Indian Defence

In-Detail: India’s Future Of Next-Generation Warfare

This Article is Written by Kanak Agarwal

What are Drones/UAVs?

The terms drone and UAV are used interchangeably. DRONE stands for Dynamic Remotely Operated Navigation Equipment. Humans entirely control drones, and an Unmanned Aerial Vehicle (UAV) can perform uncrewed flight along a predetermined flight path, and, if needed, the mission parameters can be updated. The term drone usually refers to small or medium-sized quadcopters used for entertainment. However, the term is also used for kamikaze drones with some autonomous capabilities. “Drone” is an old term, and the term UAV is used for the cutting-edge systems being developed today. We shall stick to the term UAV throughout the article.

Purpose of UAVs:

The primary purpose of any UAV is ISTAR (Intelligence, Surveillance, Target Acquisition, and Reconnaissance). Armed UAVs are also used to conduct precision strikes and are also used to suppress enemy air defence systems. They are also cheaper than fighter planes and act as the first line of defence in safeguarding our pilots’ lives.

Types of UAVs Based On Mission Type:

  • Target and decoy: Provide ground and aerial systems a target and simulate an enemy missile or an aircraft.
  • Reconnaissance UAVs: These are used to provide intelligence on the battlefield.
  • Combat UAVs (UCAV): Provide attack capability for some high-risk missions. These include precision strikes and kamikaze-style attacks.
  • Research and Development UAVs: These are used to refine existing UAV technologies and create new technologies to improve UAV technology.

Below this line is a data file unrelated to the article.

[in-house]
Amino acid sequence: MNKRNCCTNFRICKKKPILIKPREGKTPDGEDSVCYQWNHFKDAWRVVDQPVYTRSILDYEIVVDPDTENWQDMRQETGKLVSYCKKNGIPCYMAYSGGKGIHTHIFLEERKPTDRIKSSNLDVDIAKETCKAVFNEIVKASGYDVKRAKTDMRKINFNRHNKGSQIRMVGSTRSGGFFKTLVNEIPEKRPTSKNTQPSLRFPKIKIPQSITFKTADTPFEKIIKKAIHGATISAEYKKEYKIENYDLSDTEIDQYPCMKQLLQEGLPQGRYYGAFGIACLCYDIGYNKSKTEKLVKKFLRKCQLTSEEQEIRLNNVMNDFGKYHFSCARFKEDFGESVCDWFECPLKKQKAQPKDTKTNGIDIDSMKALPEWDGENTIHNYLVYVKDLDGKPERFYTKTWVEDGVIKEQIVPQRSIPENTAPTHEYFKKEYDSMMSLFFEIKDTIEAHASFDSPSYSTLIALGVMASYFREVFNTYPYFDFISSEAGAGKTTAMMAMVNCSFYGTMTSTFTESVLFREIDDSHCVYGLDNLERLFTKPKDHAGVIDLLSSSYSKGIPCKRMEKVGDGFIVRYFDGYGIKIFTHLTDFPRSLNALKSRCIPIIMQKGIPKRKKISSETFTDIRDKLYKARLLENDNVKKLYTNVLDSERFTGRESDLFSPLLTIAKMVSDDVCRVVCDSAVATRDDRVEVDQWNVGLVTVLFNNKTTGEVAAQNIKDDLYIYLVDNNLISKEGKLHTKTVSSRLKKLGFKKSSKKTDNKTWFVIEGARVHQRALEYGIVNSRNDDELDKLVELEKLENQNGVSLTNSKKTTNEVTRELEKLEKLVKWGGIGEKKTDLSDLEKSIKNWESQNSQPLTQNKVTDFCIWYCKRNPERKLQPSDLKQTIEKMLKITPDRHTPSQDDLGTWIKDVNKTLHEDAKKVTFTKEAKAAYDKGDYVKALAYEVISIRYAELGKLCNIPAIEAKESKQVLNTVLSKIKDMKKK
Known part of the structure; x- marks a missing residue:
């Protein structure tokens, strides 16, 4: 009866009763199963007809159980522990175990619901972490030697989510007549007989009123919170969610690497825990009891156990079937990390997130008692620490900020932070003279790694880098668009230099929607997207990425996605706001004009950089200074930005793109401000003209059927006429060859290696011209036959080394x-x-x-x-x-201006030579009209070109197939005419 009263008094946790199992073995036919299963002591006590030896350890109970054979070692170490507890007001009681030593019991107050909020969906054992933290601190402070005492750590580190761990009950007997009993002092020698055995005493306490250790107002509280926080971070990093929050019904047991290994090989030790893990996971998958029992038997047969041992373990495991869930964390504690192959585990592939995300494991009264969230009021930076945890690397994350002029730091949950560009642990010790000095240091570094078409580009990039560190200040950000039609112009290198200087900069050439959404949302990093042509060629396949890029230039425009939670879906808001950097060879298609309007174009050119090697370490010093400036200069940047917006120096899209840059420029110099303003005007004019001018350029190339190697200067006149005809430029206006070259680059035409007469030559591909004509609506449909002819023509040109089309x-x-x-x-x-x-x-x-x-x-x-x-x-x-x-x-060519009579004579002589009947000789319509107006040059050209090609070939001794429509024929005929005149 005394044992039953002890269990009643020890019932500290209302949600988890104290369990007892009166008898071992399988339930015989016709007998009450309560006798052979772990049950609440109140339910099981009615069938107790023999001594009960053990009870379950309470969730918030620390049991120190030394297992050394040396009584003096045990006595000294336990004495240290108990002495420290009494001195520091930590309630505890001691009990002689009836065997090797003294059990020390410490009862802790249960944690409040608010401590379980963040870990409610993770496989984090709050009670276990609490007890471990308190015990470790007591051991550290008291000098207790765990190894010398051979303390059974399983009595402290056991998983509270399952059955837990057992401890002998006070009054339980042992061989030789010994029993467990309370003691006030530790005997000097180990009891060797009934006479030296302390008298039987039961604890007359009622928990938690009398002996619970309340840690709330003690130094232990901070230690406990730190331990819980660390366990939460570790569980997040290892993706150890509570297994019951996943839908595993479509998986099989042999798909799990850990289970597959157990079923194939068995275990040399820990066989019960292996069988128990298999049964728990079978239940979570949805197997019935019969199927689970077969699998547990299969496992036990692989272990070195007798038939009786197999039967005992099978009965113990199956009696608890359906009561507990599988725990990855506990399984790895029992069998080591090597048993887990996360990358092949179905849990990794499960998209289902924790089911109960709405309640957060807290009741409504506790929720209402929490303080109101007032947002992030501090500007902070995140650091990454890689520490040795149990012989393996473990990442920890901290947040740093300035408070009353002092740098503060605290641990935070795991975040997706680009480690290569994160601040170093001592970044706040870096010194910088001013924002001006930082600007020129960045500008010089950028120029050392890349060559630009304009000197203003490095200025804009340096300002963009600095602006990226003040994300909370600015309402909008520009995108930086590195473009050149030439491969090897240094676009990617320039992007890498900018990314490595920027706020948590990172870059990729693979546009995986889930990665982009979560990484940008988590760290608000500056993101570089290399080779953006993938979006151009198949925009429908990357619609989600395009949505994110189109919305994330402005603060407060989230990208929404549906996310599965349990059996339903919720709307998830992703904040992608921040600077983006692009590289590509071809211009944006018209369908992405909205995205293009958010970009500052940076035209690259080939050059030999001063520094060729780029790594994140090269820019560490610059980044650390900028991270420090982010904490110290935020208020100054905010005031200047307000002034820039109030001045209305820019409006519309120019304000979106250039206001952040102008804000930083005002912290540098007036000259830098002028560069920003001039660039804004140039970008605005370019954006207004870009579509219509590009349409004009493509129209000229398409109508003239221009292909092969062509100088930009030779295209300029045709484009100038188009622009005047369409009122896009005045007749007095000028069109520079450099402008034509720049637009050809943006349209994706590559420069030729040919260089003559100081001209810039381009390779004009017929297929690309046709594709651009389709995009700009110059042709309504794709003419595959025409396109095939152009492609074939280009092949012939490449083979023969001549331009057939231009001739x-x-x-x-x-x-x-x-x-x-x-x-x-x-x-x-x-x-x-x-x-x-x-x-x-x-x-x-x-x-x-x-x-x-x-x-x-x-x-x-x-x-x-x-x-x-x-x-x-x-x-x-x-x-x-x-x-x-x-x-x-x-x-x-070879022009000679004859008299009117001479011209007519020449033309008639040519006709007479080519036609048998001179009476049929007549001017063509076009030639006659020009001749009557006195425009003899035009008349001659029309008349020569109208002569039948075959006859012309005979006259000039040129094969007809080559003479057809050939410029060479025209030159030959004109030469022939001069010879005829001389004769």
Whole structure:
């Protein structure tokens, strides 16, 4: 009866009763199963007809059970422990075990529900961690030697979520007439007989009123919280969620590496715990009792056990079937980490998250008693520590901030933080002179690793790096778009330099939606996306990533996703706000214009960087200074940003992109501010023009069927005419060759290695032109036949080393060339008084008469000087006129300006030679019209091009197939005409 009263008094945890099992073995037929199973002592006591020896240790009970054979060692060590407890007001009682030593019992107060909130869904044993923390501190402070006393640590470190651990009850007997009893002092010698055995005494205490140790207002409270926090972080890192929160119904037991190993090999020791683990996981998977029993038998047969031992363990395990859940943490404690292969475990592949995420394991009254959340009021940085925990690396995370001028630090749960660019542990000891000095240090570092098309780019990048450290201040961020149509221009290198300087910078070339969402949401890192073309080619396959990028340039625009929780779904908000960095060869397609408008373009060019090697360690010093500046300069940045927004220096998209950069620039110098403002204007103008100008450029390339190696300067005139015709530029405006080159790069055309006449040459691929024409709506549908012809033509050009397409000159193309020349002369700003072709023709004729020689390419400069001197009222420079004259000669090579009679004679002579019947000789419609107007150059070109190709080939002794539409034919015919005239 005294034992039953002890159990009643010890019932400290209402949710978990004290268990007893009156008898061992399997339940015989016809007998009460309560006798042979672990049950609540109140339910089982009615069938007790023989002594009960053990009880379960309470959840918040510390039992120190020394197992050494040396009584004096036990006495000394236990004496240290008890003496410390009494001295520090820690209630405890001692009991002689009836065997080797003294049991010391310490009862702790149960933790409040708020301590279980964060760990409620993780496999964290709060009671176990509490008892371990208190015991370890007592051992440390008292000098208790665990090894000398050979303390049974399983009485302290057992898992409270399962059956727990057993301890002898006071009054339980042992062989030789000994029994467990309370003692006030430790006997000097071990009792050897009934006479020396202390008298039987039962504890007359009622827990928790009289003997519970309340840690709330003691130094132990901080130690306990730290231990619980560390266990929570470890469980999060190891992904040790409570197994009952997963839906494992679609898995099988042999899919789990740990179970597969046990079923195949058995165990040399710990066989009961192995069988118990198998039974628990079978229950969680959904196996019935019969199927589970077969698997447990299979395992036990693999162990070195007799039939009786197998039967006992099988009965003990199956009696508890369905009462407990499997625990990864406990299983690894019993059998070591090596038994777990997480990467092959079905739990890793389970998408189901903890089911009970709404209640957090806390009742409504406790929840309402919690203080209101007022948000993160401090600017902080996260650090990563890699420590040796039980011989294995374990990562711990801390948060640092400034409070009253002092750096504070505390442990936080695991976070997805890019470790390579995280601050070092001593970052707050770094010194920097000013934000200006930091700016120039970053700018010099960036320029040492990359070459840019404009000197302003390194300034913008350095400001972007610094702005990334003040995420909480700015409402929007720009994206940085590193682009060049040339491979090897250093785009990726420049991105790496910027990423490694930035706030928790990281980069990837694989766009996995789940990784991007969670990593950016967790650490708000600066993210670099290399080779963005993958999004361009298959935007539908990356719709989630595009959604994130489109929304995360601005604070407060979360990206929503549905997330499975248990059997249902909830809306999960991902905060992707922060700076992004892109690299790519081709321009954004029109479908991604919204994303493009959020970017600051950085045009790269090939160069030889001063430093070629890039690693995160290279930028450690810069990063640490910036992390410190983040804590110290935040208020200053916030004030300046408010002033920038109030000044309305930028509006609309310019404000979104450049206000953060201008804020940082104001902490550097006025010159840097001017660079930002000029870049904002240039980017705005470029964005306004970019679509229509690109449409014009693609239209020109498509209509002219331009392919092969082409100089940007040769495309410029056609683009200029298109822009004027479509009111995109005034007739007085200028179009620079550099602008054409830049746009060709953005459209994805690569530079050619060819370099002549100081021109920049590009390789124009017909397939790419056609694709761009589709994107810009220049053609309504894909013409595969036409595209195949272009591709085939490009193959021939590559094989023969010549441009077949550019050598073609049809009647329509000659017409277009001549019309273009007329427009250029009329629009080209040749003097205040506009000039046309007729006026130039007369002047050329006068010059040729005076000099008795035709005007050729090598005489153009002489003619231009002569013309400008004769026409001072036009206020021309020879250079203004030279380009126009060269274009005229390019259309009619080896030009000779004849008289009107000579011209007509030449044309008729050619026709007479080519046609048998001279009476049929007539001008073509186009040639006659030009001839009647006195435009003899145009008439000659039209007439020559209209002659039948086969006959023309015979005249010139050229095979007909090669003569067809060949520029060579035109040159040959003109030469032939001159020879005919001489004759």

• Transport UAVs: These are used to transport essential supplies to troops in remote areas.
  • Swarm Drone: A significant number of UAVs act in synchronisation autonomously to overwhelm the enemy.
  • Loitering Munition: These are kamikaze-style or suicide drones that are mainly used to suppress enemy defences (SEAD).

Types of UAVs Based On Size:

  • Nano, Micro, Mini and Small UAVs: These UAVs weigh less than 150 Kg.
  • Tactical UAVs: These UAVs weigh between 150 and 600 Kg.
  • Strategic UAVs: These include the Medium Altitude Long Endurance (MALE) and the High-Altitude Long Endurance (HALE) class of UAVs. These UAVs weigh more than 600 Kg.

HEAT (High-Speed Expendable Aerial Target):

DRDO Abhyas
  • DRDO Abhyas was successfully flight tested on 22 October 2021. It was based on the DRDO Lakshya, and the design was refined. It was designed by the Aeronautical Development Establishment (ADE) and will be manufactured by Hindustan Aeronautics Limited (HAL). It can be used to simulate enemy aircraft, validate various missiles under development, and validate existing missile technologies.